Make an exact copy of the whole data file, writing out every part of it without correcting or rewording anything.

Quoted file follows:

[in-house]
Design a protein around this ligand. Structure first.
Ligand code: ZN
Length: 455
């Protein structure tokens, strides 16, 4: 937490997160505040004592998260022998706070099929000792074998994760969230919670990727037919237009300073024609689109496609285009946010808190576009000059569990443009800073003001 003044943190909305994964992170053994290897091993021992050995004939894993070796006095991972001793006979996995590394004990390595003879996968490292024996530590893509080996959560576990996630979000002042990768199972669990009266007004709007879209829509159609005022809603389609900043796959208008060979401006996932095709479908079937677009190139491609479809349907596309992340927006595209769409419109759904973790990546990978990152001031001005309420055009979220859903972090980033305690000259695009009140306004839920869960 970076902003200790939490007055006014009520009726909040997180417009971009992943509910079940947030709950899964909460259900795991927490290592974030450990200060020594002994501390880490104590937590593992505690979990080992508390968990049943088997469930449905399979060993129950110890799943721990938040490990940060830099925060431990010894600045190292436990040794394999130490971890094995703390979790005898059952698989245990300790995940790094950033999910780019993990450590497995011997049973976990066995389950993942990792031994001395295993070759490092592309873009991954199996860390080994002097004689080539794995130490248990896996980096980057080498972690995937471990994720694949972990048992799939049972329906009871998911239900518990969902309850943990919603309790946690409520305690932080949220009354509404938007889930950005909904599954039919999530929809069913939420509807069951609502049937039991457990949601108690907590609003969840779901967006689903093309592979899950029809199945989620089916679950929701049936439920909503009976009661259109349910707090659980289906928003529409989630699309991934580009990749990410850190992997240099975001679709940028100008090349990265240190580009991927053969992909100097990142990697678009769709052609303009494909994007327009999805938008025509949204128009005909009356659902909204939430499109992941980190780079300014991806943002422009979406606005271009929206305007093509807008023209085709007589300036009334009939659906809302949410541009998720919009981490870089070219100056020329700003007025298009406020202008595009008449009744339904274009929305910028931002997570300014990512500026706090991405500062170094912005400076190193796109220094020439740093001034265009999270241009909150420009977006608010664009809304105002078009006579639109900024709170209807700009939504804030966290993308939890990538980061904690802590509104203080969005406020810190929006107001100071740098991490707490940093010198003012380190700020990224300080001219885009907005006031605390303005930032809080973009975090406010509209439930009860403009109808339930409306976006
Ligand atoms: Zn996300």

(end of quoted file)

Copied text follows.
[in-house]
Design a protein around this ligand. Structure first.
Ligand code: ZN
Length: 455
């Protein structure tokens, strides 16, 4: 937490997160505040004592998260022998706070099929000792074998994760969230919670990727037919237009300073024609689109496609285009946010808190576009000059569990443009800073003001 003044943190909305994964992170053994290897091993021992050995004939894993070796006095991972001793006979996995590394004990390595003879996968490292024996530590893509080996959560576990996630979000002042990768199972669990009266007004709007879209829509159609005022809603389609900043796959208008060979401006996932095709479908079937677009190139491609479809349907596309992340927006595209769409419109759904973790990546990978990152001031001005309420055009979220859903972090980033305690000259695009009140306004839920869960 970076902003200790939490007055006014009520009726909040997180417009971009992943509910079940947030709950899964909460259900795991927490290592974030450990200060020594002994501390880490104590937590593992505690979990080992508390968990049943088997469930449905399979060993129950110890799943721990938040490990940060830099925060431990010894600045190292436990040794394999130490971890094995703390979790005898059952698989245990300790995940790094950033999910780019993990450590497995011997049973976990066995389950993942990792031994001395295993070759490092592309873009991954199996860390080994002097004689080539794995130490248990896996980096980057080498972690995937471990994720694949972990048992799939049972329906009871998911239900518990969902309850943990919603309790946690409520305690932080949220009354509404938007889930950005909904599954039919999530929809069913939420509807069951609502049937039991457990949601108690907590609003969840779901967006689903093309592979899950029809199945989620089916679950929701049936439920909503009976009661259109349910707090659980289906928003529409989630699309991934580009990749990410850190992997240099975001679709940028100008090349990265240190580009991927053969992909100097990142990697678009769709052609303009494909994007327009999805938008025509949204128009005909009356659902909204939430499109992941980190780079300014991806943002422009979406606005271009929206305007093509807008023209085709007589300036009334009939659906809302949410541009998720919009981490870089070219100056020329700003007025298009406020202008595009008449009744339904274009929305910028931002997570300014990512500026706090991405500062170094912005400076190193796109220094020439740093001034265009999270241009909150420009977006608010664009809304105002078009006579639109900024709170209807700009939504804030966290993308939890990538980061904690802590509104203080969005406020810190929006107001100071740098991490707490940093010198003012380190700020990224300080001219885009907005006031605390303005930032809080973009975090406010509209439930009860403009109808339930409306976006
Ligand atoms: Zn996300």